“Dreams are only the plans of the reasonable.” Message on door at Kasbah du Toubkal
When we travel to destinations in remote regions where day-to-day life for local people is a struggle, we try and select accommodations that support the communities around them.
Fortunately for all, Sustainable Tourism is a fast-growing trend around the world. If your kids are old enough to process the shift in how people live in in other countries versus what they are used to seeing at home, staying in accommodations that are deeply integrated in local communities, not islands within them, will accelerate the impact of the experience.
In Morocco, spending the night at Kasbah du Toubkal gave us all reason to ponder how families survive the harsh environment of the High Atlas Mountains.
Kasbah du Toubkal Family-Friendly Review
Getting to Kasbah du Toubkal
Located at the foot of the highest mountain in North Africa (Jbel Toubkal), Kasbah du Toubkal seems far away from urban civilization. Amazingly, however, it’s only 40 miles from Marrakech (albeit a slow road).
As soon you leave Marrakech and enter the Atlas Mountains, the road narrows and the landscape turns rocky and rugged. In this case, the Berber village of Imlil is the end of the road as Kasbah du Toubkal can only be accessed on foot via a steep, narrow walking trail. This is the same path used by local families to access their villages. Heavy lifting is done by mules, including luggage transport.
Hospitality is a big part of experience at Kasbah du Toubkal. New guests are warmly greeted with dates and milk, followed by traditional mint tea.
The common room is filled with maps, history, and photos of the faces of the community. If the mule bellboy is the first cause for pause, this is the second. This is no ordinary hotel, but one with a story to tell.
Kasbah du Toubkal is a venture between a British adventurer and a mountain guide from the local community. 5% their proceeds go to the Association des Bassins d’Imlil, a Moroccan-based NGO that provides essential services for the remote, mountainous surrounding valleys including an ambulance, garbage clearing, public baths, and educational development in the region. In short, these two men set out to both preserve the fragile mountain environment and improve the quality of life its inhabitants.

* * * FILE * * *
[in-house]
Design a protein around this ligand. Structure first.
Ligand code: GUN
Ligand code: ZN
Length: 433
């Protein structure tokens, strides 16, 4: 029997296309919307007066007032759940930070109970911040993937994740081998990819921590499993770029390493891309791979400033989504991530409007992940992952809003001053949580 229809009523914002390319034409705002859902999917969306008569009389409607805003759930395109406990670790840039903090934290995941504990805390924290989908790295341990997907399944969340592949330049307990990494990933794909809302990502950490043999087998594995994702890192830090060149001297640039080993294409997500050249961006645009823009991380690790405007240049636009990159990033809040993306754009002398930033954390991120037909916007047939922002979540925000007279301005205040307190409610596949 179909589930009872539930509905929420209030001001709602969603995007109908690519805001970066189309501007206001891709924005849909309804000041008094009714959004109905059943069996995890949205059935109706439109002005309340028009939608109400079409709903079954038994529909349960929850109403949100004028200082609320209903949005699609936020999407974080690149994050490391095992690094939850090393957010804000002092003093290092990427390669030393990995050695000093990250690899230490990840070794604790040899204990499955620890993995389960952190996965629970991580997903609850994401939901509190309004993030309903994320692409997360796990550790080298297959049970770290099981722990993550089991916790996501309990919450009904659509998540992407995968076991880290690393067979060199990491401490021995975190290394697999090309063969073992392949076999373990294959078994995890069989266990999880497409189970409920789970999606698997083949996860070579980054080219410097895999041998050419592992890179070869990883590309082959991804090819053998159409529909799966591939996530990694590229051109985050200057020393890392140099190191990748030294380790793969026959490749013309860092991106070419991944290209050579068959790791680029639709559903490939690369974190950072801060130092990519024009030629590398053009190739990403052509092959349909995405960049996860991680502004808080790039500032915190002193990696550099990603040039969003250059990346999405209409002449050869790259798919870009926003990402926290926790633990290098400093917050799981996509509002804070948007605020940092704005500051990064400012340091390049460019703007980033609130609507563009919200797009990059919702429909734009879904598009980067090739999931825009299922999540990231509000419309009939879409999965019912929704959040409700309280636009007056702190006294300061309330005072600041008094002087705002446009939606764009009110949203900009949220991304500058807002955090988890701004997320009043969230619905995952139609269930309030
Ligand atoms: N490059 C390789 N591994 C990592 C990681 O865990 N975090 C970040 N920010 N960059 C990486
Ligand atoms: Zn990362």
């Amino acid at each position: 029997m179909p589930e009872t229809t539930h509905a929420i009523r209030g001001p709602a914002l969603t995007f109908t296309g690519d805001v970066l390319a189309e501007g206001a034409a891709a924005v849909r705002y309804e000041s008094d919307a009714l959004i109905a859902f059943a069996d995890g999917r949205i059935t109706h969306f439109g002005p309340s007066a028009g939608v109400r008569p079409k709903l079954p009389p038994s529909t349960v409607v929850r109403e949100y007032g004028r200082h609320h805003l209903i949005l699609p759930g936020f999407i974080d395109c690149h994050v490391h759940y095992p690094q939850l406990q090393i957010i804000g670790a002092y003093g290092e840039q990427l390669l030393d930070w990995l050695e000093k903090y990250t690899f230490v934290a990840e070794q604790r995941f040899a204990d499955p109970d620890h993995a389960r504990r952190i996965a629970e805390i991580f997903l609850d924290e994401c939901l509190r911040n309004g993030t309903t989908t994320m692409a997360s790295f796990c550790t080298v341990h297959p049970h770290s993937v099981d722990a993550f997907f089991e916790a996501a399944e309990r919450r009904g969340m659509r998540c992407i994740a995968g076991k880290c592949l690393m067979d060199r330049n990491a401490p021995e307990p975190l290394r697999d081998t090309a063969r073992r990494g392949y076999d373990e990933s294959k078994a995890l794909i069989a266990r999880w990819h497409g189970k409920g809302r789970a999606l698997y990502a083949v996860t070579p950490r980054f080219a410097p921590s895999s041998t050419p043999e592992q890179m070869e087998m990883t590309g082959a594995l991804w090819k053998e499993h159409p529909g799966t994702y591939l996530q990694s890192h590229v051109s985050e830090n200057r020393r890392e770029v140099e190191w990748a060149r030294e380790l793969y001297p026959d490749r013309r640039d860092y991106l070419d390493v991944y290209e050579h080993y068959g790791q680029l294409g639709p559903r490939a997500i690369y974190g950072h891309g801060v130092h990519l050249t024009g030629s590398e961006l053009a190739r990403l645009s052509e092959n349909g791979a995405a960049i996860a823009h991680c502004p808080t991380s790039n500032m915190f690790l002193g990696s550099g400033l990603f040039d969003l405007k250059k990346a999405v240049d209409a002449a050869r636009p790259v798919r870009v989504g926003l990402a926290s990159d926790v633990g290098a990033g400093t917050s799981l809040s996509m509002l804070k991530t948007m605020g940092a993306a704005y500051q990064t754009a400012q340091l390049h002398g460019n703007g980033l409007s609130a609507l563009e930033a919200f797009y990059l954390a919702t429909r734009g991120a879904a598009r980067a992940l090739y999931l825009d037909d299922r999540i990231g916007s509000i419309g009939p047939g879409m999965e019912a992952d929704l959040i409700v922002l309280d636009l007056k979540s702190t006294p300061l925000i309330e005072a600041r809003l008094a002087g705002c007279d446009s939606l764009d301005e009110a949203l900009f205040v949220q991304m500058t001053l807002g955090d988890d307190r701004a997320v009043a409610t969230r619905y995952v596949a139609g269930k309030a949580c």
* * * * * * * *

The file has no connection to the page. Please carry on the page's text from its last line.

One of the things I love most about Kasbah du Toubkal for families is that this mountain retreat attracts guests of all ages from around the world. Travelers are here for an array of reasons including incredible trekking and the ability to get an authentic glimpse of Berber mountain life. We met families, students, solo travelers from the USA, England, Holland, Germany, New Zealand, and South Africa — all within a single night!
The reason it works is that the owners have built room categories for a variety of needs and budgets. From “Berber Salons” with shared bathrooms to standard rooms to one to three-bedroom suites, there’s something for everyone.
We stayed in one of the one-bedroom apartments with kitchen facilities, a spacious living room, and a non-stop mountain view. An ideal set up for families! It’s not luxurious, but certainly upscale given the setting — comfortable, clean, and very private.
Kasbah du Toubkal is appropriate for school-age and up children. We took a lovely afternoon hike with a guide from a nearby village who was able to share insight about traditional life in the valley. We always find that local guides are the best way to engage kids in a destination with a radically different way of life. The fact that our group included a 10-year-old boy was certainly helpful — they were thick as thieves and we actually enjoyed a three-hour tour with zero complaining. Amazing!
We hiked to a nearby village and even just a short excursion was enough for us all to wonder at how challenging it would be to live in such a rugged environment with access to few resources.
We stopped at a local guest house and the boys learned how to pour tea like locals.
Meals at Kasbah du Toubkal are social and fun. You either eat on the rooftop with uninterrupted mountain views or in the common room with a cozy sofa set-up. Regardless, dining is the time when the guests swap stories. There’s a true traveler’s vibe here that is all about meeting and sharing.
If You Go
Kasbah du Toubkal is an excellent two-night stop with school-age kids. If you have teenagers and can access extensive hiking, more days may be in order. The advantage is that it’s close enough to Marrakech for an easy getaway without extensive driving or a complicated itinerary.
We were introduced to this property by Kensington Tours. I am very grateful they suggested it as Kasbah du Toubkal was a trip highlight for us!
Kasbah du Toubkal hosted us as part of our media tour with Kensington Tours. They did not ask us to express any particular point of view.